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Festival 2005
EIF Review
2004 EIF Theatre Programme.

Director -
Peter Stein.
Playwright - David Harrower.
Company - EIF.
Cast - Here.
Venue Kings Theatre.
Address Leven Street.
Reviewer Vivien Devlin.

© Geraint Lewis
In recent months there have been a few Scottish court cases involving school masters being involved in under-age sexual relationships with young female pupils. Reading the news reports you tend to wonder if it was the girl who set out to seduce the teacher, or was it really a case of abuse. This is, in one sense, the heart of David Harrower's new play, an EIF commission which bravely explores the unspoken truth behind a case of paedophilia. He was initially inspired by the true story of Toby Studebaker, a 31 year old American marine who began to communicate with a 12 year old English girl on an internet chatroom. She travels to meet him in Germany, (allegedly) not admitting her age. In the circumstances, where does the guilt lie?

In a similar scenario Blackbird focuses on 56 year old Ray who was involved in an underage sexual relationship with 12 year old Una, 15 years beforehand. The action begins when Una,(the sultry, sexy Jodhi May) now 27, arrives at his Medical manufacturers office having tracked him down from a magazine article. Ray - played throughout with a quiet strength of conviction by Roger Allam - leads Una (vampishly dressed in blue leather coat, short pink skirt and high heels) into the litter-strewn staff canteen where her first word is "Shocked? ..You kept me waiting" to which he replies, "What do you want?". For the next two hours (straight through), we observe and listen to their antagonistic conversation, discussion and debate about their past 'relationship'. Ray spent 3 years in prison, changed his name and has now moved on to a new life. Una claims she has been sentenced for 15 years and has lost everything.

The dramatic pace is necessarily pedantic and slow, with long Pinteresque pauses as they slowly relate their individual stories of their brief time together. Peter Stein directs with astute precision, as the couple pace around the room like caged tigers, watching, teasing each other or silently listen, cowering in a chair. But then the anger and emotion, blending guilt and memories of past love, reaches a climax as they confront each other, confessing long lost feelings about what really happened 15 years ago.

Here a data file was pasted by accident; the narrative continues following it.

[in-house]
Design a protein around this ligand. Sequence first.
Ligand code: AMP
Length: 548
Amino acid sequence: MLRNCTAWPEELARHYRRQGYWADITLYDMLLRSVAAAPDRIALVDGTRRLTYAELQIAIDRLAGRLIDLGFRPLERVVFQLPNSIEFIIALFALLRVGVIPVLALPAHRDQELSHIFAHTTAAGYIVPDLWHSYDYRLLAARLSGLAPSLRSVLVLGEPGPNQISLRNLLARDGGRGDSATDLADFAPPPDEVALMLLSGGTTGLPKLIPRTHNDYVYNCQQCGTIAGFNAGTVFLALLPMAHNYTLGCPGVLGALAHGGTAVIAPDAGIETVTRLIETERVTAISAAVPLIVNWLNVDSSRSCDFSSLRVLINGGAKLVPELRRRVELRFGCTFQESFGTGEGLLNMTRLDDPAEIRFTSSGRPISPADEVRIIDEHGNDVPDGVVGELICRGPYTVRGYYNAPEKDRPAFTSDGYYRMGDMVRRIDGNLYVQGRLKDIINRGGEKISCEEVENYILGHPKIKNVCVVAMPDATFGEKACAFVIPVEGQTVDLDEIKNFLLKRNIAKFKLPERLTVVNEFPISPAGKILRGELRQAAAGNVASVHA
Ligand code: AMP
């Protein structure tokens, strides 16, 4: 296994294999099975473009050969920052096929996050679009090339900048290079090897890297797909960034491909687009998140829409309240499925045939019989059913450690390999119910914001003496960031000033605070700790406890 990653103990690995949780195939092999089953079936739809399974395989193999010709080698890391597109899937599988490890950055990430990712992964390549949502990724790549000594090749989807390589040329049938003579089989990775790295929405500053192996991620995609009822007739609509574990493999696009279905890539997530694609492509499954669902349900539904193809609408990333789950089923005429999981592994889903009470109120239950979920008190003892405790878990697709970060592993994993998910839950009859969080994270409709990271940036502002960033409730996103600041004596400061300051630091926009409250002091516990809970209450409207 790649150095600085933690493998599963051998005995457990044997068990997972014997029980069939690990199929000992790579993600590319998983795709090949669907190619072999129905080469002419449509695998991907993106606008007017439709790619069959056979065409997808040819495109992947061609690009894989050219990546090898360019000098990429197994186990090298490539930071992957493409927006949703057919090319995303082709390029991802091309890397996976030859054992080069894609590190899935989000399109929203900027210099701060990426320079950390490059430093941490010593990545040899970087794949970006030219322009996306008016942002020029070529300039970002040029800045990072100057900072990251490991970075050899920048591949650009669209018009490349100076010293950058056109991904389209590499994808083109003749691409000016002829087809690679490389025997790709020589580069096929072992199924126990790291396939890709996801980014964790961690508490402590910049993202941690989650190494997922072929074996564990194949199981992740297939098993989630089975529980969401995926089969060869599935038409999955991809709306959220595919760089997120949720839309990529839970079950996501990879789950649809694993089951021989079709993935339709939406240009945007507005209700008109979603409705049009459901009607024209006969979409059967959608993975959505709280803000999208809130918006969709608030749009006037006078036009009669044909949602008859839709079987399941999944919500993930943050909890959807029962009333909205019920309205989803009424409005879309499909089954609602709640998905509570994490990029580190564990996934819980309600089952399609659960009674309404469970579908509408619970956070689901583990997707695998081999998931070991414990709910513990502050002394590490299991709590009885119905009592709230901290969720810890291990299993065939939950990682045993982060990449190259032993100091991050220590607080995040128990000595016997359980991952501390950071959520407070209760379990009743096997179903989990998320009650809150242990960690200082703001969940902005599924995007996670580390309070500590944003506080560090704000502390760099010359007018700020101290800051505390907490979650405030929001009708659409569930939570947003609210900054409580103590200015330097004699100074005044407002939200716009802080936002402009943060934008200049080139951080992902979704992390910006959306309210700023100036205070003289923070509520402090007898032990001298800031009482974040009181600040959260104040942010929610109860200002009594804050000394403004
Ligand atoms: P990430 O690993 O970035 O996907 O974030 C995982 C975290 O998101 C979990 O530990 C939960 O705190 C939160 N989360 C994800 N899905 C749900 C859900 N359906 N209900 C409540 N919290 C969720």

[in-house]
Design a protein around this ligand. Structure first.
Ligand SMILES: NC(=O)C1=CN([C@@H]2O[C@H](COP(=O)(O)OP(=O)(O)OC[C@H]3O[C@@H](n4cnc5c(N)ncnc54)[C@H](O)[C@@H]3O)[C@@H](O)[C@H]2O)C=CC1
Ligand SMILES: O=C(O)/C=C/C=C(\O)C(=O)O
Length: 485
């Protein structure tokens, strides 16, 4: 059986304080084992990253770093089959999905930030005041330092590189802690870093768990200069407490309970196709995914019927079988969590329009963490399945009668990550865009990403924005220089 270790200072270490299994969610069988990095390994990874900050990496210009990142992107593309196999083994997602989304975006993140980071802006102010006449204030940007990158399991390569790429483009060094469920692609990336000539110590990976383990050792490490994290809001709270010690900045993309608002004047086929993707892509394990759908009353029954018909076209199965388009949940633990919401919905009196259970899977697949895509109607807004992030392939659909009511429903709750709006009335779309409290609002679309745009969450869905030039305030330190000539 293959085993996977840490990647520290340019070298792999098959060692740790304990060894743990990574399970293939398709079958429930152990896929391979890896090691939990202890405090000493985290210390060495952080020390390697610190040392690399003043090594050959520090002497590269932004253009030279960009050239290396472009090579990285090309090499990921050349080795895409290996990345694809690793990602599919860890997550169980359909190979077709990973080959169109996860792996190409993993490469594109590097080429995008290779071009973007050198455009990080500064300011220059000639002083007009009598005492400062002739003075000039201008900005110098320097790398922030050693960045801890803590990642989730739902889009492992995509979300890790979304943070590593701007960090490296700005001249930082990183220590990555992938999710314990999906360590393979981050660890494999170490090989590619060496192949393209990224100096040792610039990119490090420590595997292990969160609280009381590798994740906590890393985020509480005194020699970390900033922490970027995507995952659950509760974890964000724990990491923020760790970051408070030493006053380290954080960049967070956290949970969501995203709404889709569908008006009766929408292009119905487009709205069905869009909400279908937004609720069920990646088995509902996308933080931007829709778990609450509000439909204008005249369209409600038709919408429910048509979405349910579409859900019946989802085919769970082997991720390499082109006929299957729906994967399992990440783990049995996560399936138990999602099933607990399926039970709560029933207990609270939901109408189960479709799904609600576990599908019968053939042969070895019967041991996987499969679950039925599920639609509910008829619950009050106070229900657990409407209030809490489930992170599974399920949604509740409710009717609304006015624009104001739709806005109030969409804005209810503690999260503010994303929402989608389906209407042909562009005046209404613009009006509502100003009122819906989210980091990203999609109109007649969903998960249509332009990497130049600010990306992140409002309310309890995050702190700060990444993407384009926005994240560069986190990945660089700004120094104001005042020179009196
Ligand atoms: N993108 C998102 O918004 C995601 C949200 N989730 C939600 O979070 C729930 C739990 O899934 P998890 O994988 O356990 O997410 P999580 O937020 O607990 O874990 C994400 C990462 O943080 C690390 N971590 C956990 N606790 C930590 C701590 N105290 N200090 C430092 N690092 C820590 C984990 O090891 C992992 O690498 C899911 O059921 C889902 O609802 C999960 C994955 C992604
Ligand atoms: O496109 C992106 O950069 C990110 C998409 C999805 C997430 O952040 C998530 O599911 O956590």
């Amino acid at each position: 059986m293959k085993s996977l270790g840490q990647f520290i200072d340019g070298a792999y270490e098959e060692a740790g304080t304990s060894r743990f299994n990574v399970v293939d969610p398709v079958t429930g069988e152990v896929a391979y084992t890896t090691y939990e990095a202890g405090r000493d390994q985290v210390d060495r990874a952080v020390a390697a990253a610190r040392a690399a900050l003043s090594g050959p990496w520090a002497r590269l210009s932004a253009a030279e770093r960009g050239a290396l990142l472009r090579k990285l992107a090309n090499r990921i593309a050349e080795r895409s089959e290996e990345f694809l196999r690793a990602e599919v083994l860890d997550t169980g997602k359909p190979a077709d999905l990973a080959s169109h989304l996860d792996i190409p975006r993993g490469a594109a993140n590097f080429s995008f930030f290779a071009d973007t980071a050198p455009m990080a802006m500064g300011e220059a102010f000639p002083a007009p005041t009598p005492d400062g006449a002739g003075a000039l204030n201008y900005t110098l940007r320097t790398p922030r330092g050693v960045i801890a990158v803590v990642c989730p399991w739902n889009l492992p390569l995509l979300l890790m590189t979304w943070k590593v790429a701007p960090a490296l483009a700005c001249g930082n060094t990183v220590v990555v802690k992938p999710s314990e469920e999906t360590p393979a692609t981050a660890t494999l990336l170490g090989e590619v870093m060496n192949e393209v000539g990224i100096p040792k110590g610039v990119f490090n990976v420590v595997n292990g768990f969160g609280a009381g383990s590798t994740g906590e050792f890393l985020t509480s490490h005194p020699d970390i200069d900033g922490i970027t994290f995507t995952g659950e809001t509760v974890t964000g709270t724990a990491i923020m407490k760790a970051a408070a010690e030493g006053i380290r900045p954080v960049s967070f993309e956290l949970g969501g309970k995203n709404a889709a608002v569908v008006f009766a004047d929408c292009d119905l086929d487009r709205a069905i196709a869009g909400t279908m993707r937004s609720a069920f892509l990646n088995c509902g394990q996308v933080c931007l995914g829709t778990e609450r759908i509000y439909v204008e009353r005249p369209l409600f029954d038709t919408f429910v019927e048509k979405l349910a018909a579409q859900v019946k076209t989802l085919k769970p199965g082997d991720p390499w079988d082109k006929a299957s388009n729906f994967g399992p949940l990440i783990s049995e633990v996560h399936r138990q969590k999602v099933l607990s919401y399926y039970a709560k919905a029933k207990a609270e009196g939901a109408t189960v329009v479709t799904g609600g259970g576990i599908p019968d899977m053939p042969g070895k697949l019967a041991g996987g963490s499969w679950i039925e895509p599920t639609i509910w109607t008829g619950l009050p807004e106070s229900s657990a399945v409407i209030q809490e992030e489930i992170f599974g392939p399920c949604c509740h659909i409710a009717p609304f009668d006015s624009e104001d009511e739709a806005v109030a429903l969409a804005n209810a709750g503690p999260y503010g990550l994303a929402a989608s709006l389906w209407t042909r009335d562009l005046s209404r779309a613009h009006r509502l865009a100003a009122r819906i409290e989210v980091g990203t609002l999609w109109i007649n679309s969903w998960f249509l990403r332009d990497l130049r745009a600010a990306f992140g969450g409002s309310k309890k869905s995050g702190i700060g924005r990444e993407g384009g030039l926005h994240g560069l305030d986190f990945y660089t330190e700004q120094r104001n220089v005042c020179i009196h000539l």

The title Blackbird is not mentioned in the text. Perhaps it refers to a folk lore meaning. The beautiful song of the blackbird is said to be a symbol of temptations, especially sexual ones. The devil once took on the shape of a blackbird and flew into St. Benedict's face, thereby causing the saint to be troubled by an intense desire for a beautiful girl he had once seen. By the end Harrower takes no sides and offers no moral viewpoint. Who was the true victim, was it really a love affair or sexual abuse? The theatre stage, as always, is a powerful platform to debate current social and political issues. This emotionally brittle and brutally sharp play tackles the sensitive issues of a topical taboo subject bang on, with insight, intelligence and compassion.
©Vivien Devlin, 16 August 2005 - Published on EdinburghGuide.com
The text is published by Faber and Faber and is available from them, at the theatre during the run and at good bookshops thereafter.
Dates Runs to 24 August date at 7.30pm every day. Matinee 20 August, 2.30pm
Production Details.
Director - Peter Stein.
Set designer - Ferdinand Wögerbauer.
Costume designer - Moidele Bickel.
Composer - Arturo Annecchino.
Sound - Ferdinando Nicci.
Cast. Roger Allam and Jodhi May.
Company Website www.eif.co.uk

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